The Voice of Hawai'i

By Scanlan, Laura Wolff | Humanities, September/October 2009 | Go to article overview

The Voice of Hawai'i


Scanlan, Laura Wolff, Humanities


Fishy Cake,

Fishy Cake

Fishah man

Catch me one aku

As fast as you can

Cut urn sashimi

Straight from da sea

Wit shoyu and rice

For kekei and me

- Pidgin nursery rhyme

Hawaii Creole, known on the islands as Pidgin, had its genesis in the 1 840s as thousands of laborers from around the globe came to work the sugarcane plantations. Not sharing a common language, but needing to communicate with others and their employers, an amalgam of Hawaiian, English, Japanese, Chinese, and Portuguese developed. Today, Pidgin is heard in everyday conversations, advertising, and on school playgrounds. Yet attitudes toward the language has ranged from pride to contempt.

"In general, critics blame speakers of Pidgin for low test scores," says Marlene Booth. "They caution that speaking Pidgin will impede getting good jobs and advancing in life. On the other hand, speakers of Pidgin call it the language of their hearts while at the same time, they often feel discriminated against for speaking it."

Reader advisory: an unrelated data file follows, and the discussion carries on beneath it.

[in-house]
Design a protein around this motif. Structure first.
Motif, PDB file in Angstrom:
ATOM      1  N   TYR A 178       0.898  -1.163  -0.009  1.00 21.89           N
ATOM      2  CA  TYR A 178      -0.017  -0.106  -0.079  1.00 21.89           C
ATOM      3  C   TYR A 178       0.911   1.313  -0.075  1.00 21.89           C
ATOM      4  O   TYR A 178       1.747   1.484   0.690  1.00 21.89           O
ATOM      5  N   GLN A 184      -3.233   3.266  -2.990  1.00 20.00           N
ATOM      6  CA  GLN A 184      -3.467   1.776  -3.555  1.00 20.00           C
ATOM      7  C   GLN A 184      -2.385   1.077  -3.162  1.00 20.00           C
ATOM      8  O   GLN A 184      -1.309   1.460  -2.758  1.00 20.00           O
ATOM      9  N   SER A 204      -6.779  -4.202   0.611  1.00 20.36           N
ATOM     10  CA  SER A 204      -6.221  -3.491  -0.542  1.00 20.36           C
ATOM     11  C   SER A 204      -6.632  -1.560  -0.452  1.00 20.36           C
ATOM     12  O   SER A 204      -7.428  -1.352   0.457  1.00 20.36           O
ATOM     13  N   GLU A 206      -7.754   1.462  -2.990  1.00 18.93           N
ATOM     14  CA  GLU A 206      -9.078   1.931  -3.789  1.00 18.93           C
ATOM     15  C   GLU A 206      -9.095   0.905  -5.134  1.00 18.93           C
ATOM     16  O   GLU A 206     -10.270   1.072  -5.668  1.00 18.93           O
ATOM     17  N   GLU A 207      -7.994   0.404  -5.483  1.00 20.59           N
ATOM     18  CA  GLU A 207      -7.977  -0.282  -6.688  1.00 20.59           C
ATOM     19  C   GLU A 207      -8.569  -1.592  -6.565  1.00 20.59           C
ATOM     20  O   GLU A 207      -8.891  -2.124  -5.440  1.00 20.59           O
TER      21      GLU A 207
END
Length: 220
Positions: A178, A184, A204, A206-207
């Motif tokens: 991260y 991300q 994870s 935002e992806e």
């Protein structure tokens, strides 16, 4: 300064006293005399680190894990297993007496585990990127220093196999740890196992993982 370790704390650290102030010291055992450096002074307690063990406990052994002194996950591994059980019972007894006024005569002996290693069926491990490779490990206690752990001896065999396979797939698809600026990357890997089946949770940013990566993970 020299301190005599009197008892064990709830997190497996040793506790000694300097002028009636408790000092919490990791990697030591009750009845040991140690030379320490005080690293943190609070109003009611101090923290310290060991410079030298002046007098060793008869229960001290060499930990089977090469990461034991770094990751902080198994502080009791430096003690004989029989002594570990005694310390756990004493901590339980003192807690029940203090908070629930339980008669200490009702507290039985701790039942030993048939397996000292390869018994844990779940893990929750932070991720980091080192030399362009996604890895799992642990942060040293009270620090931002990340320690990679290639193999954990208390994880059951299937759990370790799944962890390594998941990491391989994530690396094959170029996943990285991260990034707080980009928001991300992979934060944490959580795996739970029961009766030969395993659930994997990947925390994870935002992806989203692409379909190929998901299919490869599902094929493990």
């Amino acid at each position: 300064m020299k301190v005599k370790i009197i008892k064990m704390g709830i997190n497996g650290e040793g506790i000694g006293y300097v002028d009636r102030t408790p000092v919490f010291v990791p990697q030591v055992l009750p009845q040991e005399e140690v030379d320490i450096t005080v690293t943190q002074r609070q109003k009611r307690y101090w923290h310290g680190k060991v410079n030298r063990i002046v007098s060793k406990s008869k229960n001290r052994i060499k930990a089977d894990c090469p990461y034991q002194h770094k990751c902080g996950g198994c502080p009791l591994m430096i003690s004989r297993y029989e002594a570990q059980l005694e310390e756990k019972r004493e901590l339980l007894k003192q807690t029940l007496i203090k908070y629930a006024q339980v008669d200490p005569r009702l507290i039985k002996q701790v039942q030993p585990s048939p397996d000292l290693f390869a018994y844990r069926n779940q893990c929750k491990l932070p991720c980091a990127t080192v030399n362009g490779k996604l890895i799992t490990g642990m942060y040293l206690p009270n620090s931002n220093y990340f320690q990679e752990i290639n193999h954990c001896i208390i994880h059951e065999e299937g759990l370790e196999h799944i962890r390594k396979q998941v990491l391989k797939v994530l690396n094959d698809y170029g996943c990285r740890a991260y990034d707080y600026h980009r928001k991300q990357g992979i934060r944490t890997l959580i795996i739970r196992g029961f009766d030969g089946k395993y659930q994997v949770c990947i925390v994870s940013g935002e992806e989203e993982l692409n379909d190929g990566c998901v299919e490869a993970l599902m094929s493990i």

Booth explores these varied attitudes in Pidgin: The Voice ofHawai'i, a documentary she coproduced with the late Kanalu Young that airs nationally in September. The film includes subtitles written in Pidgin instead of standard English.

How Hawaiians speak has been a hot topic since the early twentieth century. By the 1920s, children born on Hawai'i's sugar plantations began entering school in large numbers, many hearing standard English for the first time. By this time, Hawai'i Pidgin was spoken by more than half of Hawai'i's population.

Like other forms of nonstandard English in the United States - Gullah, Louisiana Creole, Appalachian English, and African American Vernacular English - those who spoke Pidgin were told they were speaking "bad" or "broken" English. …

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